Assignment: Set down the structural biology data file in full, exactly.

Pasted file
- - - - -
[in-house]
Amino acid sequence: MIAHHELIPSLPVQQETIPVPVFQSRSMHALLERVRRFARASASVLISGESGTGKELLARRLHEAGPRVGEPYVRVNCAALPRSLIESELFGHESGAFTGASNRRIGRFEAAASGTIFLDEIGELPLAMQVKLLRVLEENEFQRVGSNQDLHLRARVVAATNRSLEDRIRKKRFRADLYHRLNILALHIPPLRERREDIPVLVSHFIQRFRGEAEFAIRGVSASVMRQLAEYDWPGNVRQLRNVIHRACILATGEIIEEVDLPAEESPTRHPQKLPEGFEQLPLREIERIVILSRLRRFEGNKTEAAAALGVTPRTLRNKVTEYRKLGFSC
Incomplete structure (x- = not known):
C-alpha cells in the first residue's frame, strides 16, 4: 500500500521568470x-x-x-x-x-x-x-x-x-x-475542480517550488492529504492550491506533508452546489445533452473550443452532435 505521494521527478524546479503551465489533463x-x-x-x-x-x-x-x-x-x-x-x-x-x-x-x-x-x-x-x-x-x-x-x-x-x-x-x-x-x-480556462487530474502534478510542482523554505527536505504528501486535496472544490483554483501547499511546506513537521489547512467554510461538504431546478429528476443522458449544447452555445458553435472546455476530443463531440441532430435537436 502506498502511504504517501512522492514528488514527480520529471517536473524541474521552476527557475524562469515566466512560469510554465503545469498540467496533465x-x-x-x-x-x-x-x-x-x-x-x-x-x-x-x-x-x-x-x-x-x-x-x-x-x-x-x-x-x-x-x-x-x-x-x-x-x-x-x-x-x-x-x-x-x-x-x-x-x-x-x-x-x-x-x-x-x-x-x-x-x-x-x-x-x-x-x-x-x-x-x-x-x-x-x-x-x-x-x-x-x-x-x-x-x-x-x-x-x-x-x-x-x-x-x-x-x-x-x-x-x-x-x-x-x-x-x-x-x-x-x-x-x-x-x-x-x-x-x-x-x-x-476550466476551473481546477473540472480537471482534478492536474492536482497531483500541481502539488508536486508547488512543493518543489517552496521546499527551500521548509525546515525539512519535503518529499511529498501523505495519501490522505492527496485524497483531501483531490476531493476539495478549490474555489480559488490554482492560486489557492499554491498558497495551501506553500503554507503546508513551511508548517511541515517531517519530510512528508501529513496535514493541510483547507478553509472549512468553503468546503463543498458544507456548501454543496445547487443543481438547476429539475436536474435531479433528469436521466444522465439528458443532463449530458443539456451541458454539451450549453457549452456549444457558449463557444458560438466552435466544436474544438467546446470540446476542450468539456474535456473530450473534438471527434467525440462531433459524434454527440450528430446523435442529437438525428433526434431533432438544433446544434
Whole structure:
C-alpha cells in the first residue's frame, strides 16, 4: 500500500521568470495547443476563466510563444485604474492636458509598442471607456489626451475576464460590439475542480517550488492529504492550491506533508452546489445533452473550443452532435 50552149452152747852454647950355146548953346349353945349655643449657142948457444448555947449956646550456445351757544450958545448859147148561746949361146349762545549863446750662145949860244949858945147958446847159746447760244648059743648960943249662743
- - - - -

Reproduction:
[in-house]
Amino acid sequence: MIAHHELIPSLPVQQETIPVPVFQSRSMHALLERVRRFARASASVLISGESGTGKELLARRLHEAGPRVGEPYVRVNCAALPRSLIESELFGHESGAFTGASNRRIGRFEAAASGTIFLDEIGELPLAMQVKLLRVLEENEFQRVGSNQDLHLRARVVAATNRSLEDRIRKKRFRADLYHRLNILALHIPPLRERREDIPVLVSHFIQRFRGEAEFAIRGVSASVMRQLAEYDWPGNVRQLRNVIHRACILATGEIIEEVDLPAEESPTRHPQKLPEGFEQLPLREIERIVILSRLRRFEGNKTEAAAALGVTPRTLRNKVTEYRKLGFSC
Incomplete structure (x- = not known):
C-alpha cells in the first residue's frame, strides 16, 4: 500500500521568470x-x-x-x-x-x-x-x-x-x-475542480517550488492529504492550491506533508452546489445533452473550443452532435 505521494521527478524546479503551465489533463x-x-x-x-x-x-x-x-x-x-x-x-x-x-x-x-x-x-x-x-x-x-x-x-x-x-x-x-x-x-480556462487530474502534478510542482523554505527536505504528501486535496472544490483554483501547499511546506513537521489547512467554510461538504431546478429528476443522458449544447452555445458553435472546455476530443463531440441532430435537436 502506498502511504504517501512522492514528488514527480520529471517536473524541474521552476527557475524562469515566466512560469510554465503545469498540467496533465x-x-x-x-x-x-x-x-x-x-x-x-x-x-x-x-x-x-x-x-x-x-x-x-x-x-x-x-x-x-x-x-x-x-x-x-x-x-x-x-x-x-x-x-x-x-x-x-x-x-x-x-x-x-x-x-x-x-x-x-x-x-x-x-x-x-x-x-x-x-x-x-x-x-x-x-x-x-x-x-x-x-x-x-x-x-x-x-x-x-x-x-x-x-x-x-x-x-x-x-x-x-x-x-x-x-x-x-x-x-x-x-x-x-x-x-x-x-x-x-x-x-x-476550466476551473481546477473540472480537471482534478492536474492536482497531483500541481502539488508536486508547488512543493518543489517552496521546499527551500521548509525546515525539512519535503518529499511529498501523505495519501490522505492527496485524497483531501483531490476531493476539495478549490474555489480559488490554482492560486489557492499554491498558497495551501506553500503554507503546508513551511508548517511541515517531517519530510512528508501529513496535514493541510483547507478553509472549512468553503468546503463543498458544507456548501454543496445547487443543481438547476429539475436536474435531479433528469436521466444522465439528458443532463449530458443539456451541458454539451450549453457549452456549444457558449463557444458560438466552435466544436474544438467546446470540446476542450468539456474535456473530450473534438471527434467525440462531433459524434454527440450528430446523435442529437438525428433526434431533432438544433446544434
Whole structure:
C-alpha cells in the first residue's frame, strides 16, 4: 500500500521568470495547443476563466510563444485604474492636458509598442471607456489626451475576464460590439475542480517550488492529504492550491506533508452546489445533452473550443452532435 50552149452152747852454647950355146548953346349353945349655643449657142948457444448555947449956646550456445351757544450958545448859147148561746949361146349762545549863446750662145949860244949858945147958446847159746447760244648059743648960943249662743